Chasing Storms Over Seven States in 10 Days
July 11, 2019
For the second year, a class of University of Northern Colorado students started summer by crisscrossing the Midwest in search of storms capable of producing tornadoes. Led by UNC Associate Professors of Meteorology David Lerach, Ph.D., and Wendi Flynn, Ph.D., they spent 12- to 16-hour days diving into the world of weather forecasting and storm chasing.
“It helped remind me why I joined this major in the first place,” said UNC Meteorology junior Sydney Giesen. “We didn’t get to see any tornadoes, but I still learned a lot and enjoyed being able to apply some of the things I have learned in class, which was probably my favorite part.”
Canvassing seven states over 10 days, they also spent time engaged in other activities, such as understanding forecast maps and filing daily weather briefs. One of the most memorable activities involved visiting the National Weather Center in Norman, Oklahoma, where they were given a personal tour of the facility that includes the Norman National Weather Service and national Storm Prediction Center. Students observed research vehicles and mass public weather products being tested as well as met some UNC alumni who were on site working with the national weather in developing and testing new weather forecast and communication products.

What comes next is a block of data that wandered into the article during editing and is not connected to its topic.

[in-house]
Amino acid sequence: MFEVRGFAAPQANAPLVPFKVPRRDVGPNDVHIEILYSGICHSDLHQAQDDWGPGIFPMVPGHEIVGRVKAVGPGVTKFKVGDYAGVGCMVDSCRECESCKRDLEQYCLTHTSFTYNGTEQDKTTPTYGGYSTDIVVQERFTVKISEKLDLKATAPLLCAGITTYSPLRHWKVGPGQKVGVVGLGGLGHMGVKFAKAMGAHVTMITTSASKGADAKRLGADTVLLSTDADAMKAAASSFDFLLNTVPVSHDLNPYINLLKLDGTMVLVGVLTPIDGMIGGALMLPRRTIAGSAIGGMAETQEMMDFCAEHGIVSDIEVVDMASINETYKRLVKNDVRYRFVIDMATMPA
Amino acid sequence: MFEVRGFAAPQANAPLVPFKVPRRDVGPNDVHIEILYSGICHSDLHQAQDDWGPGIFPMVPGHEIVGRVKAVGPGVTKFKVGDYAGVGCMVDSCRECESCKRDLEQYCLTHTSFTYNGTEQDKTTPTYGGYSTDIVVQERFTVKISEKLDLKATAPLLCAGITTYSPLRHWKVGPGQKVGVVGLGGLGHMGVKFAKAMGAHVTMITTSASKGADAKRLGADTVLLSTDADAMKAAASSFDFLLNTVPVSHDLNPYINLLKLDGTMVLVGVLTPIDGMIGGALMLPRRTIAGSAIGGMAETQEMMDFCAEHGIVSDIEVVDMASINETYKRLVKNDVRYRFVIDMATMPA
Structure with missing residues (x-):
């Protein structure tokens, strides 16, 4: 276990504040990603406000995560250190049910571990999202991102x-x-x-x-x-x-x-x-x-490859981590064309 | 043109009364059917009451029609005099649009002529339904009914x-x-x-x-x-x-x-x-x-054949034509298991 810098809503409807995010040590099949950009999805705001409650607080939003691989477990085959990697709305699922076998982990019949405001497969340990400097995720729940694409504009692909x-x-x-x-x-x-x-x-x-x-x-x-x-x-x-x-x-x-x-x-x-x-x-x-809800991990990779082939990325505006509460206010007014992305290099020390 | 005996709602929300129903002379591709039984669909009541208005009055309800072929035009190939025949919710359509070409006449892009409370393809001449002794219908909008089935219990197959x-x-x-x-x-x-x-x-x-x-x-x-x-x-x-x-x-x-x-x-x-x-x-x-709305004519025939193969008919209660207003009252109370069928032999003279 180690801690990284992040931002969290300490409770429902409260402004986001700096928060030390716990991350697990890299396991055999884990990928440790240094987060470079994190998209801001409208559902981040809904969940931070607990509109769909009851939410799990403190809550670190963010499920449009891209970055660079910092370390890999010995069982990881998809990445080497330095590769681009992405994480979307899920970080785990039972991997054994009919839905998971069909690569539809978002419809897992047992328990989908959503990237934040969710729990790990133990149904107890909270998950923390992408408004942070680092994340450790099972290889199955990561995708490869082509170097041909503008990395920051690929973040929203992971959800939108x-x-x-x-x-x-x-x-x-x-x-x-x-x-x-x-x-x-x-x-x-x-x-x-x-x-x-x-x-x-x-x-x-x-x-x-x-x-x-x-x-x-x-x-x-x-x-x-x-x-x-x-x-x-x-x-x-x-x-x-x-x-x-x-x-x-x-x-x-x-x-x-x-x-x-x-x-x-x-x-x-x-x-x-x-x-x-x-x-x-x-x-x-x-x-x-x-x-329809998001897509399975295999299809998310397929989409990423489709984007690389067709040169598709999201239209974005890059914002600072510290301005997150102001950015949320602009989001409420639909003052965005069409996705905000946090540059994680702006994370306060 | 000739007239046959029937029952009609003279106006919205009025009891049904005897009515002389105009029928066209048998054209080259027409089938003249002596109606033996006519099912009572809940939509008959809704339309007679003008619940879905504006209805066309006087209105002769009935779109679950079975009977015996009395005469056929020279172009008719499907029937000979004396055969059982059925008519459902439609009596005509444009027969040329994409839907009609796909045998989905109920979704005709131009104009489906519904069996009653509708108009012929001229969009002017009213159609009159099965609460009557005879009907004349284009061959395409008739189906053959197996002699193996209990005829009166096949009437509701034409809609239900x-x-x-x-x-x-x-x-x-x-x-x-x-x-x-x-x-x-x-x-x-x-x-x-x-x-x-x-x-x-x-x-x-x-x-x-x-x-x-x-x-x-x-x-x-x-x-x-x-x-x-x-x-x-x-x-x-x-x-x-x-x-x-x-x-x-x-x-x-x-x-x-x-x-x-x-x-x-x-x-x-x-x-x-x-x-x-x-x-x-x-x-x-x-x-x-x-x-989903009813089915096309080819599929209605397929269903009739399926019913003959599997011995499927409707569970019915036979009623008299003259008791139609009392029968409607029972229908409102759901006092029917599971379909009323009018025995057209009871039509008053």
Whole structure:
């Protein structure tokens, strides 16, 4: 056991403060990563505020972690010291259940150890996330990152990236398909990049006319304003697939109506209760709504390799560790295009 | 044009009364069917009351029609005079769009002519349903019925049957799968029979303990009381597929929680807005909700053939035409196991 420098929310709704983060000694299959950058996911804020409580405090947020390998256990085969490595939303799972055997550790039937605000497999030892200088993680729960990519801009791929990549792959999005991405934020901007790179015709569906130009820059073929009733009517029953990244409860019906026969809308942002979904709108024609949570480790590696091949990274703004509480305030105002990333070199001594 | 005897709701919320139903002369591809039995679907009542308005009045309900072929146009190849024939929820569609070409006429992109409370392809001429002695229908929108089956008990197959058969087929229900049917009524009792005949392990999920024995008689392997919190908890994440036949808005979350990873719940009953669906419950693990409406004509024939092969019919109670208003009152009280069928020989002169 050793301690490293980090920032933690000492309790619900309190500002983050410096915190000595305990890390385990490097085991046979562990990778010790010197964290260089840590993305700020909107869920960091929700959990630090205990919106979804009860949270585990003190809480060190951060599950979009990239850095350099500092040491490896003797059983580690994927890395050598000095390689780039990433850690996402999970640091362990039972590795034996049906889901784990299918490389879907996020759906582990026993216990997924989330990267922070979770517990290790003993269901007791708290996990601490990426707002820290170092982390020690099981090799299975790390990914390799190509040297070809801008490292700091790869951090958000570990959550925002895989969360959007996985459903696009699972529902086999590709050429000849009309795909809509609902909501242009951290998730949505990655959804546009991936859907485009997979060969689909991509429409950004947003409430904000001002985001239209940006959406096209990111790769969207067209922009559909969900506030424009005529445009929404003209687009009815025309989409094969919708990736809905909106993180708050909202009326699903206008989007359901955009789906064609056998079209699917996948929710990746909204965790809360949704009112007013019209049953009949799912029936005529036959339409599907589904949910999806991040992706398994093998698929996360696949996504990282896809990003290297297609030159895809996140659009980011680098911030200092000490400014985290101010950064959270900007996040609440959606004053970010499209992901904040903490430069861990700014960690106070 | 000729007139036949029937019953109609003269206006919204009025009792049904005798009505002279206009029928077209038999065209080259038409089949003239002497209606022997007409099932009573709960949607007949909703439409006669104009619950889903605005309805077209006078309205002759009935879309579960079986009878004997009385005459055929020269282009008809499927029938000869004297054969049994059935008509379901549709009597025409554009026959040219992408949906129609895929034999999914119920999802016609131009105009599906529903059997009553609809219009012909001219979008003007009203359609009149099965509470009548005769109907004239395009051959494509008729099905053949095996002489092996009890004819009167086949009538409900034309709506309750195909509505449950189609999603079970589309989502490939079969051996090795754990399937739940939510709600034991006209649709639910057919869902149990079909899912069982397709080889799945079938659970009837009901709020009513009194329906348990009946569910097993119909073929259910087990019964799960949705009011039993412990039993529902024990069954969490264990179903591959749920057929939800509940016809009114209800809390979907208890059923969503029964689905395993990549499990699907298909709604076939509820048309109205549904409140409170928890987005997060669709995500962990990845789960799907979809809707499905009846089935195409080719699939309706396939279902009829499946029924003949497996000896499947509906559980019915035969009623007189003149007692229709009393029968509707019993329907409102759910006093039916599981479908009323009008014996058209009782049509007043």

Interact with their journey in the custom Google Map below:
Click on the yellow pins to view photos and descriptions of their stops throughout the Midwest. You can also turn their driving route (blue) on and off based on your viewing preference:
“The course was a good representation of what I would expect in my coming career. My favorite part was conversating with Dr. Flynn about weather phenomena and future forecasts prior to and after chases,” said UNC Meteorology sophomore Kristoffer Sorensen. “I took the class because storm chasing is a field within meteorology that I am very interested in, and it taught me how to identify real-life concepts that I learned in class.”
Mother Nature showed promise to the class with storm systems developing around Bismarck, North Dakota. The class drove through the night from Oklahoma and made it in time to view close to 10 storms that produced rotation but no tornadoes.
Students used smartphone apps, GPS satellite feeds and handheld weather instruments to collect data while in the field. Also, everyone was trained as a National Weather Service weather spotter.
“The biggest part of this class is getting students active in seeing real applications of what they’re learning in the classroom,” said Lerach (image at right). "When you’re out in the field and witnessing the dynamics of the atmosphere come to life, like the rotation developing on different scales of a storm system, or even the environment that’s forming the storm itself, it really gets the students engaged and is a reminder of why they’re learning the complexities of these topics in other classes.”
The class, “Storm Chasing in the Great Plains,” ESCI 491/591, will be offered again in May 2021 with a limit of 12 students.
Check out the program’s Twitter feed for an archive of their storm-chasing adventures.
Learn more about the Earth and Atmospheric Sciences Program at UNC.
—Written by Katie-Leigh Corder.